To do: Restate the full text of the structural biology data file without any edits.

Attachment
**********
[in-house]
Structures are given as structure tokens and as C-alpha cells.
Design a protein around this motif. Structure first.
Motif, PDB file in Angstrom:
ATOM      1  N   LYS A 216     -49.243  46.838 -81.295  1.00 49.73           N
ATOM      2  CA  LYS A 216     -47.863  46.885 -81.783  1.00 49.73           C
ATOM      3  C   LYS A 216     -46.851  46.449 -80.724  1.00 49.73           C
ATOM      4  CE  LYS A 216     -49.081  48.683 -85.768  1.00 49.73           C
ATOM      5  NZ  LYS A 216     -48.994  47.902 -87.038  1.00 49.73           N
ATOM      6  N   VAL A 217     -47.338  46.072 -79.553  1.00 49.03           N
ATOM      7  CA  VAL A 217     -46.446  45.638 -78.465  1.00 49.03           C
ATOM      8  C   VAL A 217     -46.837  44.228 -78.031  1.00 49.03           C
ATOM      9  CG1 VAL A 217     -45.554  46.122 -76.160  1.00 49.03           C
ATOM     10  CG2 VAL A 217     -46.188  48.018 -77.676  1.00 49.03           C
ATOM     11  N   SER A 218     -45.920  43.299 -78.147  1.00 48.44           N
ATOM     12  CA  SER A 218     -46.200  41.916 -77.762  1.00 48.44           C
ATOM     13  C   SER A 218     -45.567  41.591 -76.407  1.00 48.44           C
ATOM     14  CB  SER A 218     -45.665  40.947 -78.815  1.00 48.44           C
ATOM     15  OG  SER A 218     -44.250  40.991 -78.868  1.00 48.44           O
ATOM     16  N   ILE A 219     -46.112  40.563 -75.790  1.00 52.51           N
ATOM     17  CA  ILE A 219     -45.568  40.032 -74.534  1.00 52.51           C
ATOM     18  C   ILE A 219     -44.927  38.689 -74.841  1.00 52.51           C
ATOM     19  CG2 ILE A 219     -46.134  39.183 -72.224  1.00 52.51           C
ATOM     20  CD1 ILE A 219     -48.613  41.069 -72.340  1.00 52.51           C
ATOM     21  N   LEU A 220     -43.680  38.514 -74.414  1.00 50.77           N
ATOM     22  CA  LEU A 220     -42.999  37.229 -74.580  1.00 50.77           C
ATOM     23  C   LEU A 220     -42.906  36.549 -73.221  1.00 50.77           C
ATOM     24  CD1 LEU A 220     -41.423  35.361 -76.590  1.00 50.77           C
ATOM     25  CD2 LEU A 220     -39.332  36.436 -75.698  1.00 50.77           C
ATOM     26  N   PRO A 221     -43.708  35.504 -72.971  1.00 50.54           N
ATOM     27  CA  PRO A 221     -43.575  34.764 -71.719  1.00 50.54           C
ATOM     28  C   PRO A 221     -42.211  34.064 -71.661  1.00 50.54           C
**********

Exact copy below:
[in-house]
Structures are given as structure tokens and as C-alpha cells.
Design a protein around this motif. Structure first.
Motif, PDB file in Angstrom:
ATOM      1  N   LYS A 216     -49.243  46.838 -81.295  1.00 49.73           N
ATOM      2  CA  LYS A 216     -47.863  46.885 -81.783  1.00 49.73           C
ATOM      3  C   LYS A 216     -46.851  46.449 -80.724  1.00 49.73           C
ATOM      4  CE  LYS A 216     -49.081  48.683 -85.768  1.00 49.73           C
ATOM      5  NZ  LYS A 216     -48.994  47.902 -87.038  1.00 49.73           N
ATOM      6  N   VAL A 217     -47.338  46.072 -79.553  1.00 49.03           N
ATOM      7  CA  VAL A 217     -46.446  45.638 -78.465  1.00 49.03           C
ATOM      8  C   VAL A 217     -46.837  44.228 -78.031  1.00 49.03           C
ATOM      9  CG1 VAL A 217     -45.554  46.122 -76.160  1.00 49.03           C
ATOM     10  CG2 VAL A 217     -46.188  48.018 -77.676  1.00 49.03           C
ATOM     11  N   SER A 218     -45.920  43.299 -78.147  1.00 48.44           N
ATOM     12  CA  SER A 218     -46.200  41.916 -77.762  1.00 48.44           C
ATOM     13  C   SER A 218     -45.567  41.591 -76.407  1.00 48.44           C
ATOM     14  CB  SER A 218     -45.665  40.947 -78.815  1.00 48.44           C
ATOM     15  OG  SER A 218     -44.250  40.991 -78.868  1.00 48.44           O
ATOM     16  N   ILE A 219     -46.112  40.563 -75.790  1.00 52.51           N
ATOM     17  CA  ILE A 219     -45.568  40.032 -74.534  1.00 52.51           C
ATOM     18  C   ILE A 219     -44.927  38.689 -74.841  1.00 52.51           C
ATOM     19  CG2 ILE A 219     -46.134  39.183 -72.224  1.00 52.51           C
ATOM     20  CD1 ILE A 219     -48.613  41.069 -72.340  1.00 52.51           C
ATOM     21  N   LEU A 220     -43.680  38.514 -74.414  1.00 50.77           N
ATOM     22  CA  LEU A 220     -42.999  37.229 -74.580  1.00 50.77           C
ATOM     23  C   LEU A 220     -42.906  36.549 -73.221  1.00 50.77           C
ATOM     24  CD1 LEU A 220     -41.423  35.361 -76.590  1.00 50.77           C
ATOM     25  CD2 LEU A 220     -39.332  36.436 -75.698  1.00 50.77           C
ATOM     26  N   PRO A 221     -43.708  35.504 -72.971  1.00 50.54           N
ATOM     27  CA  PRO A 221     -43.575  34.764 -71.719  1.00 50.54           C
ATOM     28  C   PRO A 221     -42.211  34.064 -71.661  1.00 50.54           C